A line 280 is coupled between output port 260 and the input ports 282, 284 of normally closed cam-operated three-way valves 286, 288, respectively. Valve 286 is the automatic "solvent purge" valve and its output port 290 is coupled to an input port of shuttle valve 192. Valve 288 is the automatic "device solvent flush" valve and its output port 292 is coupled to an input port of shuttle valve 184.
The output port 294 of line restrictor/check valve 268 is coupled through a line 295 to a piloting input port 296 (FIG. 3a) of pulse valve 234. Thus, pressure in line 295 causes the fluid pulse of predetermined duration to appear at output port 236 of pulse valve 234 when input port 232 of pulse valve 234 is pressurized. Line 295 is also coupled to a "stop run" detented piloting input port 300 of a double-piloted four-way "motor control" valve 302.
Line 222 is coupled to an input port 304 of a momentary closing "manual run" valve 306. The output port 308 of valve 306 is coupled to an input port of a shuttle valve 310. The output port of shuttle valve 310 is coupled through a line 312 to a detented piloting input "run" port 314 of "motor control" valve 302. An input port 316 of valve 302 is coupled to line 120. The output port 318 of valve 302 is coupled to a piloting input port 320 of a single-piloted three-way automatic reopening "motor run" valve 322.
"Power" valve 107 is coupled through a line 330 to an input port of a motor "coarse speed adjust" regulator 332. A pressure gauge 333 is provided at the output port of regulator 332. The output port of regulator 332 is coupled to an input port 334 of run valve 322. The output port 336 of run valve 322 is coupled through a lubricator/filter 338 to an input port 340 of an air motor 341. A line 342 is coupled between the output port 344 of air motor 341 and a "fine speed adjust" variable restrictor 346 which is useful to provide fine adjustment of the air motor 341 output r.p.m. after coarse adjustment of such r.p.m. has been obtained using speed adjust regulator 332. The output port of variable restrictor 346 is coupled to the input port of a filter 348, the output port of which is exhausted to atmosphere.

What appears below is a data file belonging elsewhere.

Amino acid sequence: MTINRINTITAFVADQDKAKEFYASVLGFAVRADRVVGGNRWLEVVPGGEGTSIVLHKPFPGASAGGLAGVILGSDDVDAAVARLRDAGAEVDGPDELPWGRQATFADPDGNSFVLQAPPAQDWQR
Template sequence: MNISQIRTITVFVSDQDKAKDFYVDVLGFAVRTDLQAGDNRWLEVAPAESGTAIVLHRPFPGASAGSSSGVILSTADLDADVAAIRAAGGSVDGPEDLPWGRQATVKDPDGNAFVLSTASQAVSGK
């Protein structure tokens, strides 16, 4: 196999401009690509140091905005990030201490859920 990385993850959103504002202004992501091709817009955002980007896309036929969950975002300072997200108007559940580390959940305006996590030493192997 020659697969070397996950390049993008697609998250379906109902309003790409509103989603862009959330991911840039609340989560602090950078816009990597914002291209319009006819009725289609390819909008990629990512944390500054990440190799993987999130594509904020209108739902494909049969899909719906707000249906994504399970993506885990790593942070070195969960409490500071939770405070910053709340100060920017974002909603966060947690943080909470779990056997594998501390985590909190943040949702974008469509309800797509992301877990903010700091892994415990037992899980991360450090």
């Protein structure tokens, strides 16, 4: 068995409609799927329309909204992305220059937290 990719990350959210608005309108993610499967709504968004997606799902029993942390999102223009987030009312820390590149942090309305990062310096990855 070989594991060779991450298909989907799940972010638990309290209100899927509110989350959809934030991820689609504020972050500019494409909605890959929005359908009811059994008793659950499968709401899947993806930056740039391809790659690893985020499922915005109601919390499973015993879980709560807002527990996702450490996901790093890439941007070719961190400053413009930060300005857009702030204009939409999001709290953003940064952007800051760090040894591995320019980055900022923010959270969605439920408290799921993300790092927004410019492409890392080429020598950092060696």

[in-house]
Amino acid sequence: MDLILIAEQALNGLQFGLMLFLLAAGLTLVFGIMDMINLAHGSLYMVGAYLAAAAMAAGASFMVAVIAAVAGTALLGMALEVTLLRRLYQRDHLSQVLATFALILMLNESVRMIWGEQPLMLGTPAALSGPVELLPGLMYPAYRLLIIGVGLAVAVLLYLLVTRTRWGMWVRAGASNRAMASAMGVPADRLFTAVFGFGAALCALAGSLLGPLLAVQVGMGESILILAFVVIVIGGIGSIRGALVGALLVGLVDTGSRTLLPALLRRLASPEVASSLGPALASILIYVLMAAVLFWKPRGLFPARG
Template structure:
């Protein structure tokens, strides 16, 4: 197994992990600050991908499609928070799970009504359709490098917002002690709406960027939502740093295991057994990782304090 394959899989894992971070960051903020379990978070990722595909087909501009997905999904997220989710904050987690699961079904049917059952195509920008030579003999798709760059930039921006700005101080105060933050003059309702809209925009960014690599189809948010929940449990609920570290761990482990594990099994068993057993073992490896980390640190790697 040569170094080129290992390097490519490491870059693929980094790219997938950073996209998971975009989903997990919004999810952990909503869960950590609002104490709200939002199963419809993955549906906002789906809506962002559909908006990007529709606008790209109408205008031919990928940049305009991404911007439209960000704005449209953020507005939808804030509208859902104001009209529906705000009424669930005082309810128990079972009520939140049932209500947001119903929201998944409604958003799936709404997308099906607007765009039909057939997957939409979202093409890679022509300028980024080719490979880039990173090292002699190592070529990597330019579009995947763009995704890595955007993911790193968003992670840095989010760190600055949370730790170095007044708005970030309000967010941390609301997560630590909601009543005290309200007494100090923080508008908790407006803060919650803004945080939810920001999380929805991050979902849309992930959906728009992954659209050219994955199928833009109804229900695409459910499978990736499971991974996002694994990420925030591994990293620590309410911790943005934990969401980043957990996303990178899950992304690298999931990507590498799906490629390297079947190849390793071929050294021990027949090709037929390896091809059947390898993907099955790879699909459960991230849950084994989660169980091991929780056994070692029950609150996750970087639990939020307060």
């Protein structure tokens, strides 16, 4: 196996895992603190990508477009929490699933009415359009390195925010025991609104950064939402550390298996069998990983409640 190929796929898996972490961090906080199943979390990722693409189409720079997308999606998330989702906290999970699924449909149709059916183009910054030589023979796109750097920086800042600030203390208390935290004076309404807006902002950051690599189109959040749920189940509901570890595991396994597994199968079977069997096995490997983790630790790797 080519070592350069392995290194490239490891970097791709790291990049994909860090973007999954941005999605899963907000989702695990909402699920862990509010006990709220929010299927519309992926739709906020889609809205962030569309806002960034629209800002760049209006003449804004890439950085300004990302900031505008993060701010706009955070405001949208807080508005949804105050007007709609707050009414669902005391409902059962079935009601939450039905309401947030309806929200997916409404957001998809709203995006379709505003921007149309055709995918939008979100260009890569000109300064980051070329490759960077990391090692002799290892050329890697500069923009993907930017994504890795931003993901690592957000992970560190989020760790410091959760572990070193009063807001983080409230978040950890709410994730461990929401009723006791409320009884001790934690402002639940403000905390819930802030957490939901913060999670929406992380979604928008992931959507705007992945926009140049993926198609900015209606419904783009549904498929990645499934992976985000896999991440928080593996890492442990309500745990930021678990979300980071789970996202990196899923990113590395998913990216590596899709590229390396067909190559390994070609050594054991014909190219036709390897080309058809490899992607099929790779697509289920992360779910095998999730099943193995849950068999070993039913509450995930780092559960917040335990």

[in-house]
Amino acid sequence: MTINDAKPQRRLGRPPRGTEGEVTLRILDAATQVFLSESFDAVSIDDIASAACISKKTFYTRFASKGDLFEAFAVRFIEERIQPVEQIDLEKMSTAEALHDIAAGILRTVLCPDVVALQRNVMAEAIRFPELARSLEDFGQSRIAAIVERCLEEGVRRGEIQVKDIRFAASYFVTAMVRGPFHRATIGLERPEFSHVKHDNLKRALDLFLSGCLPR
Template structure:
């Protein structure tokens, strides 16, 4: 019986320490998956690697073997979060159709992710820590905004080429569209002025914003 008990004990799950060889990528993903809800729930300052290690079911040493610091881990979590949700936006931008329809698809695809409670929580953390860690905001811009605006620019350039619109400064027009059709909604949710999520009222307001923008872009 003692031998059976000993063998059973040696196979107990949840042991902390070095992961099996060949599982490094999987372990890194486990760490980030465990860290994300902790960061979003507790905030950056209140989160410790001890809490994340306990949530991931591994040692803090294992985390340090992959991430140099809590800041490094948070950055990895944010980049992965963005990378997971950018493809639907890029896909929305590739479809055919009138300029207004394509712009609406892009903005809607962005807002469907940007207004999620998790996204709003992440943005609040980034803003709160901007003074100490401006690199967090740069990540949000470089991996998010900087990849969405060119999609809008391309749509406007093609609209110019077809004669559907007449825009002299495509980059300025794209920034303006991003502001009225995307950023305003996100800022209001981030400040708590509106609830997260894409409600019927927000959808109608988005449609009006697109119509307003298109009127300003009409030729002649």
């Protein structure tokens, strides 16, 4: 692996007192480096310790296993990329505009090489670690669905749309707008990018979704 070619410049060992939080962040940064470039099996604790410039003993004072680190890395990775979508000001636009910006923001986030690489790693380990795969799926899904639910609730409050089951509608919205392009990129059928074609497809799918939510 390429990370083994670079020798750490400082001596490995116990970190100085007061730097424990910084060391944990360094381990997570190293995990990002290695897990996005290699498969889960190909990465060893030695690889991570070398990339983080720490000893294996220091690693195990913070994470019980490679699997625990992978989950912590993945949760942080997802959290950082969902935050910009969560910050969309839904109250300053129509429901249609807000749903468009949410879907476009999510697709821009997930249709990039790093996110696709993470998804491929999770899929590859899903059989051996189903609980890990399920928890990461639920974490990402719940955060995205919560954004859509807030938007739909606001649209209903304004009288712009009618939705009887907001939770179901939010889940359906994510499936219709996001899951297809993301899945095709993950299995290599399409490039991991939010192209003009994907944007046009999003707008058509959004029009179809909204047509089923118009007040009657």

The output shaft 349 of air motor 341 drives a speed-reducing transmission 350, the output shaft 351 of which drives a drum programmer 352 (FIG. 3b). As best illustrated in FIG. 4, drum programmer 352 is of a type which is divided into a plurality of axially spaced apart sections 360 (only two of which are illustrated in FIG. 4). Each section 360 is divided into a plurality of equal peripheral length sectors 362. A number of cam plugs 364 are provided, the cam plugs 364 being selectively manually insertable into various ones of sectors 362 to provide the desired cam surface 366 for each axially spaced-apart section 360 of programmer 352. Cam plugs 364 are of two types: type 364a provide surfaces 365 for continuous operation of respective ones of valves 250, 252, 254, 256, 258, 286, 288 throughout one of sectors 362; Type 364b provides surfaces for on-and-off operation of respective ones of valves 250, 252, 254, 256, 258, 286, 288 during one of sectors 362. Cam plugs 364a are generally "comma shaped" in cross section. Cam plugs 364b are right circular cylindrical in cross section.
Each of valves 250, 252, 254, 256, 258, 286, 288 is located adjacent a respective one of the sections 360 of drum programmer 352 and includes a follower 367 contacting a respective cam surface 366. Proper selective positioning of the cam plugs 364a, b in the various sectors 362 provides a color change sequence in accordance with the function chart illustrated in FIG. 2.